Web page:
Week 25: Focus Democratic Rep. of Congo

Every crumb of life must be used to conquer dignity!
Fatou Diome (Le ventre de l’Atlantique)

 Official name: Democratic Rep. of Congo

Superficie: 2 345 410 km²

Population: 90, 011,179 habitants (estimation 2020)

Capitale: Kinshasa

Villes principales: Lubumbashi, Mbuji-Mayi, Goma, Kananga, Kisangani, Bukavu

Langue officielle: Français

Langues courantes: lingala, kikongo, tshiluba et swahili

Monnaie: franc congolais (CDF)

Fête nationale: 30 juin

Religions: catholiques (40 à 50 %), protestants (40 à 50 %), musulmans (5 à 10 %), kimbanguistes (5 à 10 %)

Fuseau horaire: (UTC+1)

Hymne nationale: Debout Congolais

History of Democratic Republic of Congo

Known today as Democratic Republic of Congo, the country has been a product of a pattern of history.

1200 – 1600

Indeed from the 15th to the 17th century the region of Congo was evolved in a state system most buttressed by kingship and military forces. The rise of slave trade especially the Atlantic slave trade very soon undermined the kingship capacity to resist neighbor’s invasion (referring to the Imbagala attacks and bands of fighters fleeing famine and drought in the east). Already divided with internal instabilities, the Savana region was unable to hinder the colonial forces’ invasion.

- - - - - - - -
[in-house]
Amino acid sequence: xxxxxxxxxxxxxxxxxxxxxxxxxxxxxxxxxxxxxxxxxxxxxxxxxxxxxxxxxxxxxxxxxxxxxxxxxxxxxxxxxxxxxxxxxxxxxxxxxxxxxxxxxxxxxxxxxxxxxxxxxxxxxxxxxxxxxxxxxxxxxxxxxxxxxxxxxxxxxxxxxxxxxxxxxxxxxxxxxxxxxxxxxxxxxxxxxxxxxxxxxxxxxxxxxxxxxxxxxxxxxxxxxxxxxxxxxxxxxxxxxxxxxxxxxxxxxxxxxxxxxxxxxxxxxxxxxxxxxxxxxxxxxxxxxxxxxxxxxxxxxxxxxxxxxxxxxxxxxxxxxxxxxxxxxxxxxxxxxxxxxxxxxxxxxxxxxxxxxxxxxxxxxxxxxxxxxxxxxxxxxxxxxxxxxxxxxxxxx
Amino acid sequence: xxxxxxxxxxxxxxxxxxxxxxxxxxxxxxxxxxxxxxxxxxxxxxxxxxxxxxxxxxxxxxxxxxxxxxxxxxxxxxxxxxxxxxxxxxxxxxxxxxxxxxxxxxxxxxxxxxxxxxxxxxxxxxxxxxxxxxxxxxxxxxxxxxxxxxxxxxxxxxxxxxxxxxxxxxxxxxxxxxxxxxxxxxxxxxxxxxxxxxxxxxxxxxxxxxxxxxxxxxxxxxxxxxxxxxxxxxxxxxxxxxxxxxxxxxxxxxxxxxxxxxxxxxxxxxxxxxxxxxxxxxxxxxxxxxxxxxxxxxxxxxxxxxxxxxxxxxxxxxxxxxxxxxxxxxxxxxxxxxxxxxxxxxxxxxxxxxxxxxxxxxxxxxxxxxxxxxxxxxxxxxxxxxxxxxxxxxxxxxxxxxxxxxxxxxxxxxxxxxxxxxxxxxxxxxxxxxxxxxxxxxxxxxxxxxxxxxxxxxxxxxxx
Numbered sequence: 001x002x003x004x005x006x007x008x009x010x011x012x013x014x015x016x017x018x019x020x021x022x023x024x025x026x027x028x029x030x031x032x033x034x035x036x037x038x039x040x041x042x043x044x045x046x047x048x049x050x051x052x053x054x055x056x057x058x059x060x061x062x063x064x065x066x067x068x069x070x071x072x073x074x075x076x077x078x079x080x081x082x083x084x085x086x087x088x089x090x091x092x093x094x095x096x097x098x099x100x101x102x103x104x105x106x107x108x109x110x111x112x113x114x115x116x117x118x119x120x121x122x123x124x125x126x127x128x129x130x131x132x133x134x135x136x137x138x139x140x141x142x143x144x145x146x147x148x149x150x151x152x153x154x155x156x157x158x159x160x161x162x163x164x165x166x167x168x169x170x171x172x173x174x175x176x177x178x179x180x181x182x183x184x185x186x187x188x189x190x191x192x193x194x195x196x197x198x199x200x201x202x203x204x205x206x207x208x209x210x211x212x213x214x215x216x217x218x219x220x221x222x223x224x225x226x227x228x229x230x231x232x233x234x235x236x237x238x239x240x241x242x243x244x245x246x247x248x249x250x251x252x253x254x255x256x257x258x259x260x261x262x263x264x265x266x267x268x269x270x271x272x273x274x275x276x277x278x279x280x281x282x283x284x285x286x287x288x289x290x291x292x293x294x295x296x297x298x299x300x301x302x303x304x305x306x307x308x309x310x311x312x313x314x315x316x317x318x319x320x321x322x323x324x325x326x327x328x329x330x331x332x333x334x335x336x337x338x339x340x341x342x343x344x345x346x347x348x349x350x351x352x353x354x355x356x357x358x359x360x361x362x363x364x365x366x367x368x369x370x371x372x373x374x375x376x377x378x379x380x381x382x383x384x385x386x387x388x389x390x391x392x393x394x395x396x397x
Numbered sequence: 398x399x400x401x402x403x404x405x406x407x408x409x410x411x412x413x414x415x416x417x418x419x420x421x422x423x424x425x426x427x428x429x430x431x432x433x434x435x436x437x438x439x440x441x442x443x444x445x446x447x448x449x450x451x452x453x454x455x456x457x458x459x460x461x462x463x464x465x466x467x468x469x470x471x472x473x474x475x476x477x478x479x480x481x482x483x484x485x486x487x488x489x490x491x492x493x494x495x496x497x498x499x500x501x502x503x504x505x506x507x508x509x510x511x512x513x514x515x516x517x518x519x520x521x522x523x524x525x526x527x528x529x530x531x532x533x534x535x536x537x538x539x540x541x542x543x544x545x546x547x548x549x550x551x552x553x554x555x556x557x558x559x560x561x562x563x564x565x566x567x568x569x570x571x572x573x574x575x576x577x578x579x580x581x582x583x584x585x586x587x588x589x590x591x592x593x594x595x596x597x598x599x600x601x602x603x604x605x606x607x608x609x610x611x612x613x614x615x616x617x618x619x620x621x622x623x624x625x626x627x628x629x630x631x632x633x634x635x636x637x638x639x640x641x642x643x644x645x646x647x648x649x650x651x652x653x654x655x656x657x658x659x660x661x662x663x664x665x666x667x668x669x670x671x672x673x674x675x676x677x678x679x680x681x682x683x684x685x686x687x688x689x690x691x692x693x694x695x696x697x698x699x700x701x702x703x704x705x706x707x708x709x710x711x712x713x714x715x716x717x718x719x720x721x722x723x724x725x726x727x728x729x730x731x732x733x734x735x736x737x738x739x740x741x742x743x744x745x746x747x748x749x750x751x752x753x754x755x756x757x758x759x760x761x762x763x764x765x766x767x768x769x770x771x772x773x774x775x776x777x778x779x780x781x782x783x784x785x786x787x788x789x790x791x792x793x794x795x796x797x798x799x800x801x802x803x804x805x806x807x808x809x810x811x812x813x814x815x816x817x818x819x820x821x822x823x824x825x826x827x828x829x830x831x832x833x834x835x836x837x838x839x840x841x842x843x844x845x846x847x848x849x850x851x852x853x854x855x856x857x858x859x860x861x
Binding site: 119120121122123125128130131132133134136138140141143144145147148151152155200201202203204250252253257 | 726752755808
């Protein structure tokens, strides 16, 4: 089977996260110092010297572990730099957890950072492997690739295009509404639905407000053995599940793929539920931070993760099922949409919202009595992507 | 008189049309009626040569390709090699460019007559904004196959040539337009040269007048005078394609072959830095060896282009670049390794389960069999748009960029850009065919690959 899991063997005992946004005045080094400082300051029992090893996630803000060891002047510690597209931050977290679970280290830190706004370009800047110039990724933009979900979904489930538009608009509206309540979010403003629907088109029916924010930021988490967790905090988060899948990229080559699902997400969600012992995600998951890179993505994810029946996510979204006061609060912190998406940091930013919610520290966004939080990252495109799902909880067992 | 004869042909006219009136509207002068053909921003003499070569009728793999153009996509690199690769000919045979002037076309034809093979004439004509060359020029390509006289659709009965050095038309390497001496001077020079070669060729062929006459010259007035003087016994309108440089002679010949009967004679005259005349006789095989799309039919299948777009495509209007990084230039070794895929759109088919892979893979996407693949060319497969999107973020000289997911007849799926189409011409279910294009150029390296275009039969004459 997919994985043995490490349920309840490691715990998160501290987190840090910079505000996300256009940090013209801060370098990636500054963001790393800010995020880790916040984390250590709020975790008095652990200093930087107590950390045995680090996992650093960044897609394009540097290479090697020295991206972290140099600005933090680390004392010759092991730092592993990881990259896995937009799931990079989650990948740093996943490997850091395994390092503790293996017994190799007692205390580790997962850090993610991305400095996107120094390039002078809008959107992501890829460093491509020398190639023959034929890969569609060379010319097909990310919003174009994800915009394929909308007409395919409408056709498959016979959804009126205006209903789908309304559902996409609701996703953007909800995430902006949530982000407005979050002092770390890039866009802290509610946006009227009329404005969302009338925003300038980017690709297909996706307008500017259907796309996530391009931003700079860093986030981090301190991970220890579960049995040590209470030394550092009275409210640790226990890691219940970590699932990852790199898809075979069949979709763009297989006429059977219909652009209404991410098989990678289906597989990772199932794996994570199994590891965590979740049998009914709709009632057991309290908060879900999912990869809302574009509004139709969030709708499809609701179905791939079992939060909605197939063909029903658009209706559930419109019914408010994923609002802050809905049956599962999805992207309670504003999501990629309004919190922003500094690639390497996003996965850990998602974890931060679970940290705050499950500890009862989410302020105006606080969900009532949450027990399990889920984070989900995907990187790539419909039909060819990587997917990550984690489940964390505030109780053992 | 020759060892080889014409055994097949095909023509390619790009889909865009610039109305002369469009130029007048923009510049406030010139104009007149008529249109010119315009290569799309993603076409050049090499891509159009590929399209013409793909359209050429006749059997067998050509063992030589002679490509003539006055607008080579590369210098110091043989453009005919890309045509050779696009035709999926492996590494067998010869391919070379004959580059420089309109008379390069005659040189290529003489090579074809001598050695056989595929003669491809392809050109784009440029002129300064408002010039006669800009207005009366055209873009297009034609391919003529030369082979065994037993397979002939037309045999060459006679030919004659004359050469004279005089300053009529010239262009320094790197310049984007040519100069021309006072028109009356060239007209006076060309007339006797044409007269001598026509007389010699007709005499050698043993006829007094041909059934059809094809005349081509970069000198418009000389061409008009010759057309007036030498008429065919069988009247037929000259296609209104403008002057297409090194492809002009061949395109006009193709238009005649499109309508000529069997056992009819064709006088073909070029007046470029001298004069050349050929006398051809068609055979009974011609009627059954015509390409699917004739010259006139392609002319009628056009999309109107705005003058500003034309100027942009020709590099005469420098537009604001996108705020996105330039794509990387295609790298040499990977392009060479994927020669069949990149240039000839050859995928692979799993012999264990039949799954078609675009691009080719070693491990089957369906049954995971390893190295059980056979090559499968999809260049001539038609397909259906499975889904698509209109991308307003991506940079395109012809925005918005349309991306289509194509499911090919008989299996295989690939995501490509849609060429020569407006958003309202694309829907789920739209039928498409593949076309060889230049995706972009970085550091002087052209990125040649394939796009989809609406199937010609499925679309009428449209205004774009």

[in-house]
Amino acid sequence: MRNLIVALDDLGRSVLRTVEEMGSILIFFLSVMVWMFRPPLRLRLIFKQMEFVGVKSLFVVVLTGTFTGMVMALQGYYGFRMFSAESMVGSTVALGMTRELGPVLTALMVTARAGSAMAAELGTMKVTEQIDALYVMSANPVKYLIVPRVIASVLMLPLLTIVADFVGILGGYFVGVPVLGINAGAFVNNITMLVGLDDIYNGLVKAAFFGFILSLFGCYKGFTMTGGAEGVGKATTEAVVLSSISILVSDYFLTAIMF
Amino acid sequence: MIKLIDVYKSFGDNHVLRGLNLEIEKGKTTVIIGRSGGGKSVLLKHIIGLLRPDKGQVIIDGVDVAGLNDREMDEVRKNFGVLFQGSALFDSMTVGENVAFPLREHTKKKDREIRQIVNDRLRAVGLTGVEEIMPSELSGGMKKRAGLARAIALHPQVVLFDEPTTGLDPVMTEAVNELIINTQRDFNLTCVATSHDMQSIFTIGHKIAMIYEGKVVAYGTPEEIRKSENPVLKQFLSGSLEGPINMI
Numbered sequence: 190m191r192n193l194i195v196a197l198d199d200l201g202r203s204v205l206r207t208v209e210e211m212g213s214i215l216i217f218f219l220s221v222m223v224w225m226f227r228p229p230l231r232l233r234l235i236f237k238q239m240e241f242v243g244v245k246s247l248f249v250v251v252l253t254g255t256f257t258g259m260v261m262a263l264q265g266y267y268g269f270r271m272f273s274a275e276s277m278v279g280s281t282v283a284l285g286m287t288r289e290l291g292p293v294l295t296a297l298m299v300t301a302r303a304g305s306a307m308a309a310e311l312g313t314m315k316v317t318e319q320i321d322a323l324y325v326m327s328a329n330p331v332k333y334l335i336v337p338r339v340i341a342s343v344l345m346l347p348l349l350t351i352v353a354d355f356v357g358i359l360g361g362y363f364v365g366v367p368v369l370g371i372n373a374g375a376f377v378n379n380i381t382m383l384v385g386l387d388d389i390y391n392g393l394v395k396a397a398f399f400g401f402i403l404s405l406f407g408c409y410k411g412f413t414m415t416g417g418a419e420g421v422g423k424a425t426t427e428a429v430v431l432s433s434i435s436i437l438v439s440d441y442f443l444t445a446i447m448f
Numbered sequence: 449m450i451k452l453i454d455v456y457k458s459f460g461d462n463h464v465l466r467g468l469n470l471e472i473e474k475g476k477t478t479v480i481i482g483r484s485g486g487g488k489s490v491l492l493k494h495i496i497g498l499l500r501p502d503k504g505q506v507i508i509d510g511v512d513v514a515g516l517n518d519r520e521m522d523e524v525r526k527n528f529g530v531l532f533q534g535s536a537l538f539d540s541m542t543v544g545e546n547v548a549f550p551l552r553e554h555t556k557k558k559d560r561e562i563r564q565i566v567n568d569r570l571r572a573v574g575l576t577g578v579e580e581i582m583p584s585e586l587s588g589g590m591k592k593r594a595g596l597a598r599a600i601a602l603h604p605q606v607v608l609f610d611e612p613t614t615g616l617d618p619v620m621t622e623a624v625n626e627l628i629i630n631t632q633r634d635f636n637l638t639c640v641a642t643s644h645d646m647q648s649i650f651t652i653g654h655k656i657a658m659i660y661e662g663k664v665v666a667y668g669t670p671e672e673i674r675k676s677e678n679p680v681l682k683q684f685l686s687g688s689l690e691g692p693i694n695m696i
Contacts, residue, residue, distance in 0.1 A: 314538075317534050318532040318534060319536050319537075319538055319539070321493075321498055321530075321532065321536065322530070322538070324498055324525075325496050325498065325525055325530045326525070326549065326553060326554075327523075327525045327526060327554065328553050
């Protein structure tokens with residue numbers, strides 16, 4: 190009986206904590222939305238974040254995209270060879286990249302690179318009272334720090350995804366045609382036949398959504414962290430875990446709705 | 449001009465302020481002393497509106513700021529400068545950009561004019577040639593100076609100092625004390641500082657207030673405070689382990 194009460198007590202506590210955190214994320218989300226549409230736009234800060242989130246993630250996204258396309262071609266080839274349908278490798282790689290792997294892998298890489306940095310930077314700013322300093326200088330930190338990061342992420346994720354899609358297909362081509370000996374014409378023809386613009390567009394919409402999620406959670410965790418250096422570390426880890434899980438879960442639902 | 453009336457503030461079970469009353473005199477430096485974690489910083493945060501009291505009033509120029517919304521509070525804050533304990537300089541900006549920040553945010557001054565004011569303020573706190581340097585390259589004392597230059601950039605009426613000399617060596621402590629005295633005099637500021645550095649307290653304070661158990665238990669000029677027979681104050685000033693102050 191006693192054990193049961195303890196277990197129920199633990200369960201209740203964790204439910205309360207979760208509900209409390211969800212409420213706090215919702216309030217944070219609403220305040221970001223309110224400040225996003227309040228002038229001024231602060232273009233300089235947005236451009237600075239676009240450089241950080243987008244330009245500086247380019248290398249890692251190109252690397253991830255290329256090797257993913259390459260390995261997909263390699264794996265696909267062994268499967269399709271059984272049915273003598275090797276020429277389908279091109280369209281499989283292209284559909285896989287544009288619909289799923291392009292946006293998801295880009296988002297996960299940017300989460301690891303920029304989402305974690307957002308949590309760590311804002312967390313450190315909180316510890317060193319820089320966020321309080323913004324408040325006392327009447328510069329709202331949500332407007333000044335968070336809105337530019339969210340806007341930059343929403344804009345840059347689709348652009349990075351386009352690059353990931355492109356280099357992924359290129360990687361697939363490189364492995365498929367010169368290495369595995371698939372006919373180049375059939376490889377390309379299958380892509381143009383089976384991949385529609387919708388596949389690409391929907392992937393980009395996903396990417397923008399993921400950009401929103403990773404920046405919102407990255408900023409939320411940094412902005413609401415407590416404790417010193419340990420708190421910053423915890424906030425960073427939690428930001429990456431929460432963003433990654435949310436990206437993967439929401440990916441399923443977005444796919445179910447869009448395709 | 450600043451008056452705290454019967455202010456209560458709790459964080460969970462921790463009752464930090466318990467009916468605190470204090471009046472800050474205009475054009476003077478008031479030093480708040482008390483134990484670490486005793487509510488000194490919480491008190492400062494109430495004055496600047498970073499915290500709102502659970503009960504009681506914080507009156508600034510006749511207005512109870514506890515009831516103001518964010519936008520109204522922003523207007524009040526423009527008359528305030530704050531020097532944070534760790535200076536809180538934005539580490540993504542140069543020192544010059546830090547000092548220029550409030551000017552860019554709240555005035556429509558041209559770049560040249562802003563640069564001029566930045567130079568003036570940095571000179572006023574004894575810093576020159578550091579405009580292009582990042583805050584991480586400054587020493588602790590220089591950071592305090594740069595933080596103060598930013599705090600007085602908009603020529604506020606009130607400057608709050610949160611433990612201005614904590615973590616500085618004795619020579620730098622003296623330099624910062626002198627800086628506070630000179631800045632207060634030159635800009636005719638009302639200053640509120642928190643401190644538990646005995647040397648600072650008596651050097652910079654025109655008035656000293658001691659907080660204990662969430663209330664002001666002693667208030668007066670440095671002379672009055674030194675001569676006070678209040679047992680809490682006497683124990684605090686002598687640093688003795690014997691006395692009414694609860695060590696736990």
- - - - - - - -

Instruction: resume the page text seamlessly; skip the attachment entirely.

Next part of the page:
1870 – 1892

In 1870, the Belgian King Leopold II established a private venture to colonize Kongo during British and Stanley’s exploration of the Congo River. A committee was then set up for the study of the Congo known as the Committee for Studies of the Upper Congo aiming at allowing European trade alongside the Congo river. In 1884-1885 with the Berlin Conference which set the colonial rules Leopold established his control over the Congo River basin area, known as the Congo Free State. Leopold strategically installed a colonial hegemony over the area through its civilizing mission. Forced labour, huge concessions for private Europeans, massive recruitment of indigenous, kidnapping of Congolese men was the huge system installed by Leopold to extract not only the natural resources of the area but also the maximum results of people’s work.

1908 – 1959

In 1908, amid the atrocities committed by the Leopold army, Belgian Parliament annexed the Congo Free state. The Belgian rules were based on the idea that Africans are to be treated as children and a strict political control of the region was established. But in 1956-1957 a group of westernized Africans “les évolués” affiliated with Alliance des Bakongo (ABAKO) had arisen and was eager for their freedom and their self-government. Under the leadership of Joseph Kasavubu, ABAKO and the Congolese National Movement co-founded by Patrice Lumumba, an advocate of pan-Africanism, the process of decolonization has started gaining weight.

1960 – 2000